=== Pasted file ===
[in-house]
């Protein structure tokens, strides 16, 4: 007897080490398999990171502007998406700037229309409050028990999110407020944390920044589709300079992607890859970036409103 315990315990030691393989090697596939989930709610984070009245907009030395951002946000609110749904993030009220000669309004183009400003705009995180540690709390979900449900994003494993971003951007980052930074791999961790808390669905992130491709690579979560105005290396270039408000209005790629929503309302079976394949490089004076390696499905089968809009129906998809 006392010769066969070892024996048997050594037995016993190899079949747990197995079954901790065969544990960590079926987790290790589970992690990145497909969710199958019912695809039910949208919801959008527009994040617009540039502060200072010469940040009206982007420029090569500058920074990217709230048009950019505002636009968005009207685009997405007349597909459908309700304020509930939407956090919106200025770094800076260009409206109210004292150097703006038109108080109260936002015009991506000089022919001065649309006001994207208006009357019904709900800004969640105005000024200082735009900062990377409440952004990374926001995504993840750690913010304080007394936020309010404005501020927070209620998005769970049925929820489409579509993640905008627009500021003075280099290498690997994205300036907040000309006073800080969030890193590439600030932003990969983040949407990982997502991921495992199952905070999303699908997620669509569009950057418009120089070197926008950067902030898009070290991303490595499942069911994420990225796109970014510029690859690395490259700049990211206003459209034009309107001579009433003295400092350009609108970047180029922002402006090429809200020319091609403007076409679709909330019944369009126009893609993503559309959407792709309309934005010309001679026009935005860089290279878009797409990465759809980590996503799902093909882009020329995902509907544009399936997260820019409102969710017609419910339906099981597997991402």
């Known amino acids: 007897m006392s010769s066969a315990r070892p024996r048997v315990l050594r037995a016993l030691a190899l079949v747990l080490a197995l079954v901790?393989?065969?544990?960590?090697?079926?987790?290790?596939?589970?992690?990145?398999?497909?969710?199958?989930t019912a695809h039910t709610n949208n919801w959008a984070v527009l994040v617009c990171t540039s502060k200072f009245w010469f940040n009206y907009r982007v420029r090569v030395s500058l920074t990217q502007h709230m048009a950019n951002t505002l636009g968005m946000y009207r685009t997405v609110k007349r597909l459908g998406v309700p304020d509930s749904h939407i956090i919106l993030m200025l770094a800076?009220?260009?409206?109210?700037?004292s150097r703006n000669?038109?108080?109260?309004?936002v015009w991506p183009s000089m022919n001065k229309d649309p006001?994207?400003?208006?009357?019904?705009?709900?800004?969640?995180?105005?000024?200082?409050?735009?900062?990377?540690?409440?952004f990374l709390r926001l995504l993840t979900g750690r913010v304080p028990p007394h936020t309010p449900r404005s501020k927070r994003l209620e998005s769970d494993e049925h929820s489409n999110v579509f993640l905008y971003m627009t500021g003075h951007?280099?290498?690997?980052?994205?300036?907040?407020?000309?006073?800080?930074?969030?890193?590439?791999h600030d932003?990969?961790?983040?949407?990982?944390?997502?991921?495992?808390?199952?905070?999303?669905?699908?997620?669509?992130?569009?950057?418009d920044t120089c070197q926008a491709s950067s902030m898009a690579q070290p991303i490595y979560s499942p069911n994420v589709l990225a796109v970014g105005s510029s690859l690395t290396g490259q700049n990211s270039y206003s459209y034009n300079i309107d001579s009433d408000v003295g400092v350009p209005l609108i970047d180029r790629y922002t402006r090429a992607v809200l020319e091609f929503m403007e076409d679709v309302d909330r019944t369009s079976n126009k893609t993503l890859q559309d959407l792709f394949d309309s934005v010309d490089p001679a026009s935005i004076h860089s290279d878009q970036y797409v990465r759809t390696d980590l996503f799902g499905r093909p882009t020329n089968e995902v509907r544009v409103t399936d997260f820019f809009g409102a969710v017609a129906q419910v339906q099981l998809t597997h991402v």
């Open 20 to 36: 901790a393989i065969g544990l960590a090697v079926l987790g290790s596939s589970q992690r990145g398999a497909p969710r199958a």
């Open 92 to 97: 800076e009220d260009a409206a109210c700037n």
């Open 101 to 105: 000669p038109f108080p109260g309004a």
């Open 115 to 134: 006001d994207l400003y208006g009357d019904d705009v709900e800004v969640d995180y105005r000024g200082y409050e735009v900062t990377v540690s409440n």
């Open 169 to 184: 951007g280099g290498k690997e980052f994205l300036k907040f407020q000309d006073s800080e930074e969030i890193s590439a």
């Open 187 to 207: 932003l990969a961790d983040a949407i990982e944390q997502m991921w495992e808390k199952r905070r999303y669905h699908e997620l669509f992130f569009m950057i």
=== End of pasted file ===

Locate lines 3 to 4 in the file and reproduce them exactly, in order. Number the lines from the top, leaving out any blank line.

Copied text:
């Known amino acids: 007897m006392s010769s066969a315990r070892p024996r048997v315990l050594r037995a016993l030691a190899l079949v747990l080490a197995l079954v901790?393989?065969?544990?960590?090697?079926?987790?290790?596939?589970?992690?990145?398999?497909?969710?199958?989930t019912a695809h039910t709610n949208n919801w959008a984070v527009l994040v617009c990171t540039s502060k200072f009245w010469f940040n009206y907009r982007v420029r090569v030395s500058l920074t990217q502007h709230m048009a950019n951002t505002l636009g968005m946000y009207r685009t997405v609110k007349r597909l459908g998406v309700p304020d509930s749904h939407i956090i919106l993030m200025l770094a800076?009220?260009?409206?109210?700037?004292s150097r703006n000669?038109?108080?109260?309004?936002v015009w991506p183009s000089m022919n001065k229309d649309p006001?994207?400003?208006?009357?019904?705009?709900?800004?969640?995180?105005?000024?200082?409050?735009?900062?990377?540690?409440?952004f990374l709390r926001l995504l993840t979900g750690r913010v304080p028990p007394h936020t309010p449900r404005s501020k927070r994003l209620e998005s769970d494993e049925h929820s489409n999110v579509f993640l905008y971003m627009t500021g003075h951007?280099?290498?690997?980052?994205?300036?907040?407020?000309?006073?800080?930074?969030?890193?590439?791999h600030d932003?990969?961790?983040?949407?990982?944390?997502?991921?495992?808390?199952?905070?999303?669905?699908?997620?669509?992130?569009?950057?418009d920044t120089c070197q926008a491709s950067s902030m898009a690579q070290p991303i490595y979560s499942p069911n994420v589709l990225a796109v970014g105005s510029s690859l690395t290396g490259q700049n990211s270039y206003s459209y034009n300079i309107d001579s009433d408000v003295g400092v350009p209005l609108i970047d180029r790629y922002t402006r090429a992607v809200l020319e091609f929503m403007e076409d679709v309302d909330r019944t369009s079976n126009k893609t993503l890859q559309d959407l792709f394949d309309s934005v010309d490089p001679a026009s935005i004076h860089s290279d878009q970036y797409v990465r759809t390696d980590l996503f799902g499905r093909p882009t020329n089968e995902v509907r544009v409103t399936d997260f820019f809009g409102a969710v017609a129906q419910v339906q099981l998809t597997h991402v």
């Open 20 to 36: 901790a393989i065969g544990l960590a090697v079926l987790g290790s596939s589970q992690r990145g398999a497909p969710r199958a």